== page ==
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Bayes’ supercool theorem promotes “superstition”?


John Horgan at Scientific American thinks so:

“Why does a mathematical concept generate this strange enthusiasm in its students? What is the so-called Bayesian Revolution now sweeping through the sciences, which claims to subsume even the experimental method itself as a special case? What is the secret that the adherents of Bayes know? What is the light that they have seen? Soon you will know. Soon you will be one of us.” Yudkowsky is kidding. Or is he?

Given all this hoopla, I’ve tried to get to the bottom of Bayes, once and for all.

Horgan offers helpful suggestions. Of course, Bayesianism could amount to nothing more than a sophisticate’s way of avoiding common sense reasoning in order to make himself look smarter than he is and know better than he does. Okay, that’s just a conjecture.

Seriously, Horgan thinks Bayesian theory yields some possibly useful results in interpreting health care tests:

Here is my more general statement of that principle: The plausibility of your belief depends on the degree to which your belief–and only your belief–explains the evidence for it. The more alternative explanations there are for the evidence, the less plausible your belief is. That, to me, is the essence of Bayes’ theorem.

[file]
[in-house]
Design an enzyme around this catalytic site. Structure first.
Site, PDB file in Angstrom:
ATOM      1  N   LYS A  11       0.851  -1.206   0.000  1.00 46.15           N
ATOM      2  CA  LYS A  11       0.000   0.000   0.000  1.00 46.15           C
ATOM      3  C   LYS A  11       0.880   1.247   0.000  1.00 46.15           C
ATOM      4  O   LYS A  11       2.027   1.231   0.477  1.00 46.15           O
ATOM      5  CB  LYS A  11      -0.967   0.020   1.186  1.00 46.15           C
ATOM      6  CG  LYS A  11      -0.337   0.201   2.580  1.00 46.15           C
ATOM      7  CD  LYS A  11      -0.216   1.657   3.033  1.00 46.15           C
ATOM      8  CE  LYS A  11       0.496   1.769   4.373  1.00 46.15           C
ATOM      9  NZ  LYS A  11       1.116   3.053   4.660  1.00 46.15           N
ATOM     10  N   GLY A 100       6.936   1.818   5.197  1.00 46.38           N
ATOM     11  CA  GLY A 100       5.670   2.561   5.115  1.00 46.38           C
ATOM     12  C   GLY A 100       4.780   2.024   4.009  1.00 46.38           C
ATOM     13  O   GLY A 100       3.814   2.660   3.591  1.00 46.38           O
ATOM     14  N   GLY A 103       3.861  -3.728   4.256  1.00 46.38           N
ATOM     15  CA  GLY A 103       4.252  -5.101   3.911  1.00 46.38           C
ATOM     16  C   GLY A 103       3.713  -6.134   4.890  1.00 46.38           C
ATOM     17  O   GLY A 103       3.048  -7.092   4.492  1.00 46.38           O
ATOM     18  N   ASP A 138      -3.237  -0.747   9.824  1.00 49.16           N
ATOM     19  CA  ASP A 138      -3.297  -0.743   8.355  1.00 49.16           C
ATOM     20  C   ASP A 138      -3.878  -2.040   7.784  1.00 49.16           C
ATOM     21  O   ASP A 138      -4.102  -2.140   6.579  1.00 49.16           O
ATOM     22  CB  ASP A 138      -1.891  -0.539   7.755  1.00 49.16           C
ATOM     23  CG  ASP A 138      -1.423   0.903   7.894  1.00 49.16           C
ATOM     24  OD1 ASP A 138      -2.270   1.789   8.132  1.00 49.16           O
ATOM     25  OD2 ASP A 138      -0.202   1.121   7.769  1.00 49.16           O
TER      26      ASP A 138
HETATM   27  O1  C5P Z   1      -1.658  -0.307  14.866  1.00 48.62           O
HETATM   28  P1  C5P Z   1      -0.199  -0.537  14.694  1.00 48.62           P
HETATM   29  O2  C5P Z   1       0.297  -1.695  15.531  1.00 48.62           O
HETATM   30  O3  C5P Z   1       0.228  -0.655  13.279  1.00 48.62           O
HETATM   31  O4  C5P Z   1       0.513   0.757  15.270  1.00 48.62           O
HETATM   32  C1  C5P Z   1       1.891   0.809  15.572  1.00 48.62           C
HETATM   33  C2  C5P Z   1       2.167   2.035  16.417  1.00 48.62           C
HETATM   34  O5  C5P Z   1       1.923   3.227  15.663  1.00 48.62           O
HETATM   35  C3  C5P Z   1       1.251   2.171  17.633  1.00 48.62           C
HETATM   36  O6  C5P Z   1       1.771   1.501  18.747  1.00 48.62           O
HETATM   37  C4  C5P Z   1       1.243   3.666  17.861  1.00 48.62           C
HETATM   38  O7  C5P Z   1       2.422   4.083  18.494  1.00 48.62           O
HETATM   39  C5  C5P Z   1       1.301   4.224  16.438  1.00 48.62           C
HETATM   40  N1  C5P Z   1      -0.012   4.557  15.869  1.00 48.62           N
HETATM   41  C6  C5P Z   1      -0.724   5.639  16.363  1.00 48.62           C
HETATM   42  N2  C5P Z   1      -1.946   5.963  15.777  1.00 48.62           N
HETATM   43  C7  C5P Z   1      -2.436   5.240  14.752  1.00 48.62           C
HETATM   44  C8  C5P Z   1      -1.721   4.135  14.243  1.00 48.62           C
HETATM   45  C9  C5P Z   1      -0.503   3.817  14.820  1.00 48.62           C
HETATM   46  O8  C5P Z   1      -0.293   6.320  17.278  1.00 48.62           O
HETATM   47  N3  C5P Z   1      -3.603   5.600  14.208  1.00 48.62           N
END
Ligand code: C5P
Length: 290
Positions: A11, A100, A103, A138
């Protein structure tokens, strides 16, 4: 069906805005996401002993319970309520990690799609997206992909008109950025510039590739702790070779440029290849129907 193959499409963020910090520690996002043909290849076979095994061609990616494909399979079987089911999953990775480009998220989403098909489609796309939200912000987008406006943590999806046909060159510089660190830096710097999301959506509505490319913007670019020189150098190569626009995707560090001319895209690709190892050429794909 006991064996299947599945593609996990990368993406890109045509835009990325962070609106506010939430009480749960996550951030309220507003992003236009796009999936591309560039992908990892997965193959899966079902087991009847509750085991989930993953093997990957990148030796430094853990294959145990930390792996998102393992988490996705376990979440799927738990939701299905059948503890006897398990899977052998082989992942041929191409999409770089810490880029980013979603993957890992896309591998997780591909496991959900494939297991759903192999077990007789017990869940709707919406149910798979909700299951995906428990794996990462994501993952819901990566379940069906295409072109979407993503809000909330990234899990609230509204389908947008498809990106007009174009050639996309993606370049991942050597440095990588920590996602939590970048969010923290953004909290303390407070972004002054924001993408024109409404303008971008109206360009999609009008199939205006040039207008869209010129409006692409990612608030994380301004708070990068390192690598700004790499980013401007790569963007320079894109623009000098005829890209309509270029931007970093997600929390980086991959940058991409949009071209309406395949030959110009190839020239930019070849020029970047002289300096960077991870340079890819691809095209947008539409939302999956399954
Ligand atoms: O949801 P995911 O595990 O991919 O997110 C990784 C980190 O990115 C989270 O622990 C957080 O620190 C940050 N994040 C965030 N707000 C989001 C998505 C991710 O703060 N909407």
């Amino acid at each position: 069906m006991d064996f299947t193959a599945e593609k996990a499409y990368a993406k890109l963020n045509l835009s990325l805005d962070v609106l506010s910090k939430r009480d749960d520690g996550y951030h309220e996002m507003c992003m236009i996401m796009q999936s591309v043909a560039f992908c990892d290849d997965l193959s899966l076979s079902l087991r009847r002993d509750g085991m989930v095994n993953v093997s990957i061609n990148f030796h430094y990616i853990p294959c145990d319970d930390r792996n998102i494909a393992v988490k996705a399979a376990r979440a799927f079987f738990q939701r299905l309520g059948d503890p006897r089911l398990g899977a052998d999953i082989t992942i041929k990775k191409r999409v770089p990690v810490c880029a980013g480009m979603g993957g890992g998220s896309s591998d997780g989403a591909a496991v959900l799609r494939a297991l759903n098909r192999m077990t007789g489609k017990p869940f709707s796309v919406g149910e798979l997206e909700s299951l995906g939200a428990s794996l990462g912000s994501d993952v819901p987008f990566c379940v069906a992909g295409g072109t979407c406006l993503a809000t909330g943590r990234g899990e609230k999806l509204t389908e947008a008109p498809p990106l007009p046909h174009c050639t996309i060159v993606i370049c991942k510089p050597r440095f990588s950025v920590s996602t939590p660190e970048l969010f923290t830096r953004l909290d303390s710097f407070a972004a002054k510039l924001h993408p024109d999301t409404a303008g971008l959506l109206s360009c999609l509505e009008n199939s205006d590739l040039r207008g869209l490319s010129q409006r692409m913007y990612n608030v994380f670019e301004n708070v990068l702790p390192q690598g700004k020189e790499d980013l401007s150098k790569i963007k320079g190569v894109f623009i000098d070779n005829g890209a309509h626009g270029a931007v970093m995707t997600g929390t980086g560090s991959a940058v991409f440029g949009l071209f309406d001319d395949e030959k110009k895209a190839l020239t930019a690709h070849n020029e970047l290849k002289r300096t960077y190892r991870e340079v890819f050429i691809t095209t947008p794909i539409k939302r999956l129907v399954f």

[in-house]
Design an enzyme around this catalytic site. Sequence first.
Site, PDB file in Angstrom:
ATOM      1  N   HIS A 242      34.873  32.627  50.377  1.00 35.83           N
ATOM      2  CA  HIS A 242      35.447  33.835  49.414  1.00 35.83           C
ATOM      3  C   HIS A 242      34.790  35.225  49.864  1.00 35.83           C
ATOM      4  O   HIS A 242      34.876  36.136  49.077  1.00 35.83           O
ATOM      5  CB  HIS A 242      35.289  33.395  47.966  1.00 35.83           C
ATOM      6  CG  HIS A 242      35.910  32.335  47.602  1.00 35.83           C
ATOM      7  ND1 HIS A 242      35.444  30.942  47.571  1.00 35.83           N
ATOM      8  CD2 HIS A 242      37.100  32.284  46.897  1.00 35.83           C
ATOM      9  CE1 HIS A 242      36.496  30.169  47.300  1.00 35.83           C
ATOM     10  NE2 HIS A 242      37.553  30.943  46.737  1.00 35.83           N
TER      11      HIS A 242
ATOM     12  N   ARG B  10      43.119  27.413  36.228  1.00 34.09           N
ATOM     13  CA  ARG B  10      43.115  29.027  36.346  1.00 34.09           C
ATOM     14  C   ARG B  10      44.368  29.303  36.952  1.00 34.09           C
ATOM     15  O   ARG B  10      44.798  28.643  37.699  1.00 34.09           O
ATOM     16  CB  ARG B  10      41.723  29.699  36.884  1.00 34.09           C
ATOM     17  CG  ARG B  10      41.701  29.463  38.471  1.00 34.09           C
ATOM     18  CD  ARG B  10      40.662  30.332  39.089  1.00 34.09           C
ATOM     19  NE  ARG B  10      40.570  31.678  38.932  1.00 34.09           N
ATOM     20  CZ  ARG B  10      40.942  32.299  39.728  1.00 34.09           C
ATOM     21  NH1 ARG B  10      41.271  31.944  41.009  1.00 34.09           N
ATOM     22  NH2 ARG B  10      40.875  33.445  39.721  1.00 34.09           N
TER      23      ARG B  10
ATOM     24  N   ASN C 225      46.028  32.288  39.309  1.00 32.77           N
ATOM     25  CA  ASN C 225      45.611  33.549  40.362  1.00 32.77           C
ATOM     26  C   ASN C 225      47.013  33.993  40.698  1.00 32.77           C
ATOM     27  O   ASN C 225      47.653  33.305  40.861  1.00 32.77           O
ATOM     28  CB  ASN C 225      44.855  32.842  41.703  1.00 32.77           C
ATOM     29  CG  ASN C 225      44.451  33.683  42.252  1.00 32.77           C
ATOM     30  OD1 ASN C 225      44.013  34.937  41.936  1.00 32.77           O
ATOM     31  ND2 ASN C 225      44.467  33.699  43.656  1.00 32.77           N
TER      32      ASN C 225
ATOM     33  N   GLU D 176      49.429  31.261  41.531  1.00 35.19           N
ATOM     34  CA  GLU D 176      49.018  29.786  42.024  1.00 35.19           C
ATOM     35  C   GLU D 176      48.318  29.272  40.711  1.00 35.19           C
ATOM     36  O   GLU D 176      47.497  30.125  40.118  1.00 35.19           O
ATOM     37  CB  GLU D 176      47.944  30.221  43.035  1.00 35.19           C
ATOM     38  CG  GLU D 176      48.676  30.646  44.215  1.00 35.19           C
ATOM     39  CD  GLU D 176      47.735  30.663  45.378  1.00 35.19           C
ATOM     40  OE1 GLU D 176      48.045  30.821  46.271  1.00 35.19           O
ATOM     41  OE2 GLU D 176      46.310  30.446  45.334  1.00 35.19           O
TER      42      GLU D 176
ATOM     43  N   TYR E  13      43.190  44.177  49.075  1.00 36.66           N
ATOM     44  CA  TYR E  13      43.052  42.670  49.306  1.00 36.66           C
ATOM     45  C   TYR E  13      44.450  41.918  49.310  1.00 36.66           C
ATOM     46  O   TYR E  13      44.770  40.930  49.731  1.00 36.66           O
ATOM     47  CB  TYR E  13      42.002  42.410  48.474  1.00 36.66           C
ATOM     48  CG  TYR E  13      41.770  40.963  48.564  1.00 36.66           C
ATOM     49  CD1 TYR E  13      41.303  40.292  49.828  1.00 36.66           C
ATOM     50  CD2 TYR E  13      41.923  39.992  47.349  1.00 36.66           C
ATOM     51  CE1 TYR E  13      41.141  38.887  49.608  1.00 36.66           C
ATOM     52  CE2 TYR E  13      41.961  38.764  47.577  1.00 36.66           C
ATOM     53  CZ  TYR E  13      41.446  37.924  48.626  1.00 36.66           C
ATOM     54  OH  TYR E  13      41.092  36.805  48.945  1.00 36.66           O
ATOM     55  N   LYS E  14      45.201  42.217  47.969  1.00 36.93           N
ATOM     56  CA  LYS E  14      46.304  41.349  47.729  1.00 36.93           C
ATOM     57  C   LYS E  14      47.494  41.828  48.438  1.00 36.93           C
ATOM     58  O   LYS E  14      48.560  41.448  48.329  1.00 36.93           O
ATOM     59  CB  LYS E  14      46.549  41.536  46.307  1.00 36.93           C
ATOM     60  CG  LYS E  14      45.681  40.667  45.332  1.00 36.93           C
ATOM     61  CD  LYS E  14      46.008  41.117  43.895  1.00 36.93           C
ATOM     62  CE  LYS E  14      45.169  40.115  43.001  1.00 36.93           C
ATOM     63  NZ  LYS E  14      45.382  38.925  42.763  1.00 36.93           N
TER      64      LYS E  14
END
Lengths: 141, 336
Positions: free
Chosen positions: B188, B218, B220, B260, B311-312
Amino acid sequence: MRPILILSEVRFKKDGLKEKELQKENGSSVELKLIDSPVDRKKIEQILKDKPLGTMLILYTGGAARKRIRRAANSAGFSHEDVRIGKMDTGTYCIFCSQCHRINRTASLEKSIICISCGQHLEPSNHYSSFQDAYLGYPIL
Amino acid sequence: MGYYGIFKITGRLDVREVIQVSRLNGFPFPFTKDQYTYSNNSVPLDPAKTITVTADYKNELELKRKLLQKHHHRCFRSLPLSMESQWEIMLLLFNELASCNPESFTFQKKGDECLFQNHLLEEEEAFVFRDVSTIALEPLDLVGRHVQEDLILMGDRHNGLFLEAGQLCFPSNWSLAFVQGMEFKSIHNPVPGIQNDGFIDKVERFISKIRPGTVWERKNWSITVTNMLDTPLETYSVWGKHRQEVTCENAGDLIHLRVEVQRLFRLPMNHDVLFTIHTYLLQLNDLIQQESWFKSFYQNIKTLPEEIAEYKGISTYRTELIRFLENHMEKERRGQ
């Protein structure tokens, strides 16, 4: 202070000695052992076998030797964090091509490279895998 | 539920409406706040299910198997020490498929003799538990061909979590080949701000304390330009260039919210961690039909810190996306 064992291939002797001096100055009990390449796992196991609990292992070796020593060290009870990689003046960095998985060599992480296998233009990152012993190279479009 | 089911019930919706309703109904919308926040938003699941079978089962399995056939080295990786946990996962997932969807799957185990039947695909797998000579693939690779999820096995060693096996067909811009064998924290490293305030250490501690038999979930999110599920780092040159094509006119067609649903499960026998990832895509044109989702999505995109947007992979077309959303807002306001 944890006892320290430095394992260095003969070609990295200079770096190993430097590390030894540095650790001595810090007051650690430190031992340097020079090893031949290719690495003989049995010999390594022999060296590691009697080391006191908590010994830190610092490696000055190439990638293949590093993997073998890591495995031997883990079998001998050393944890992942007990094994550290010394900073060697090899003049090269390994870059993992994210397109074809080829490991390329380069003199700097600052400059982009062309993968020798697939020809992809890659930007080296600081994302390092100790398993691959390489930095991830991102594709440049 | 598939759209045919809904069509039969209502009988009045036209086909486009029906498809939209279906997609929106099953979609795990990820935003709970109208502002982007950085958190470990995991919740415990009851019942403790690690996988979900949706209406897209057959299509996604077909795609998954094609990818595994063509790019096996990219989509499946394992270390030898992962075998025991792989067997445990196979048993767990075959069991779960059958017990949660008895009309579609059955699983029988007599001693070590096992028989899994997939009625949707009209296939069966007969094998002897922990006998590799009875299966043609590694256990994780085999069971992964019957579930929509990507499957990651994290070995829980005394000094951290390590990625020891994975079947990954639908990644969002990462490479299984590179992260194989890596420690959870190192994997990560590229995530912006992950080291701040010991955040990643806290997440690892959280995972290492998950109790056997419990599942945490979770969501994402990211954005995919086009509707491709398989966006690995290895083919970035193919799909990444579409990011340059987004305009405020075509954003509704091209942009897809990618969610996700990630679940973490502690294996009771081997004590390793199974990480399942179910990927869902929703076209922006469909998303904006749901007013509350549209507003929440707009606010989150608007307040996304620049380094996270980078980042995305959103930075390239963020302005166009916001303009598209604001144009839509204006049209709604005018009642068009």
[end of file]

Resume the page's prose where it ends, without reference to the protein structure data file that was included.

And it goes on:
Of course, not only are there alternative explanations for just about everything, but people sharply disagree on which ones are plausible. That said,

And as I mentioned above, some string and multiverse enthusiasts are embracing Bayesian analysis. Why? Because the enthusiasts are tired of hearing that string and multiverse theories are unfalsifiable and hence unscientific, and Bayes’ theorem allows them to present the theories in a more favorable light. In this case, Bayes’ theorem, far from counteracting confirmation bias, enables it.

I’m nonetheless fascinated by Bayes’ theorem. It reminds me of the theory of evolution, another idea that seems tautologically simple or dauntingly deep, depending on how you view it, and that has inspired abundant nonsense as well as profound insights.More.

Well, for nonsense, look no further than evolutionary psychology, which has the distinction of actually being a self-refuting theory. If it is really true that we can explain why a Hungarian-born Canadian tips at restaurants in China on the basis of what happened on the African savannah 2 mya, the most reasonable conclusion is that no evolution occurred in all that time. It should be called a theory of stasis then, not a theory of evolution. Maybe Bayes’ theory can do them a makeover.

Mathematician Peter Woit comments

I’ve never been able to really make sense of many of the arguments about “Bayes’s Theorem”, and the recent attempts to justify string theory using this just seemed bizarre. John Horgan has a great explanation of what is going on here, including this take on the Bayes/string theory/multiverse business.

So Horgan’s analysis is doubtless a keeper.

See also: Scientific American Science writer John Horgan still doubts cosmic inflation …

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I'm sure Bayesian statistics has useful applications but the Bayesian Brain hypothesis, according to which the brain uses probability to make sense of the world is right up there with the flat earth hypothesis. The truth is that the brain expects a perfectly deterministic world. Mapou

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